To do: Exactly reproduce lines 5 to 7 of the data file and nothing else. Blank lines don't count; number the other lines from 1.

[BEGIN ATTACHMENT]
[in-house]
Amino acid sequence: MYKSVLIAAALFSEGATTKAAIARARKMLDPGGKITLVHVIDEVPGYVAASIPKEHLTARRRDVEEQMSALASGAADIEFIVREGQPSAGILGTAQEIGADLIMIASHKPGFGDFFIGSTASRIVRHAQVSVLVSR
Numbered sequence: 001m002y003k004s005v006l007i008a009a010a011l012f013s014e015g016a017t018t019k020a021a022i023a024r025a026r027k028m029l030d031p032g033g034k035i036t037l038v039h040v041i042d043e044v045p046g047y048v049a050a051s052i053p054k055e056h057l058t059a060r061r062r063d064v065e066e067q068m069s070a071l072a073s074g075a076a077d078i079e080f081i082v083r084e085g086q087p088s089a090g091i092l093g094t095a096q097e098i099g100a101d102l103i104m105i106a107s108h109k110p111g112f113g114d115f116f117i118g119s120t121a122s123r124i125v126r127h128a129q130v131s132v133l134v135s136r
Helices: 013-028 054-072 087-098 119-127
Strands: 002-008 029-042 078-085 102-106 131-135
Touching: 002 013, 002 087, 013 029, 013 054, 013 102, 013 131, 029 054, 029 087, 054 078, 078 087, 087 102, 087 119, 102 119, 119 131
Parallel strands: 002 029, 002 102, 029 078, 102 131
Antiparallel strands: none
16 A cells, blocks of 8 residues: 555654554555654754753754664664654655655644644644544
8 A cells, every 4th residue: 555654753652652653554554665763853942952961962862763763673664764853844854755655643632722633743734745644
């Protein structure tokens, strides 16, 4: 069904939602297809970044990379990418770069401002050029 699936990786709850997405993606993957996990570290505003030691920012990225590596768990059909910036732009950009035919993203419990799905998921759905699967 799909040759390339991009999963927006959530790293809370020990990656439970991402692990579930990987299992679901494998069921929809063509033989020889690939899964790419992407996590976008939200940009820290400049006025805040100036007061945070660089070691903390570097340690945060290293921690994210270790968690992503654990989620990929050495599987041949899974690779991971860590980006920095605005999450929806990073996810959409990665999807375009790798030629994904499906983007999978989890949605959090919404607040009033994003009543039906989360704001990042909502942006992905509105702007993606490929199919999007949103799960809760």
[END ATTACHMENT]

Strands: 002-008 029-042 078-085 102-106 131-135
Touching: 002 013, 002 087, 013 029, 013 054, 013 102, 013 131, 029 054, 029 087, 054 078, 078 087, 087 102, 087 119, 102 119, 119 131
Parallel strands: 002 029, 002 102, 029 078, 102 131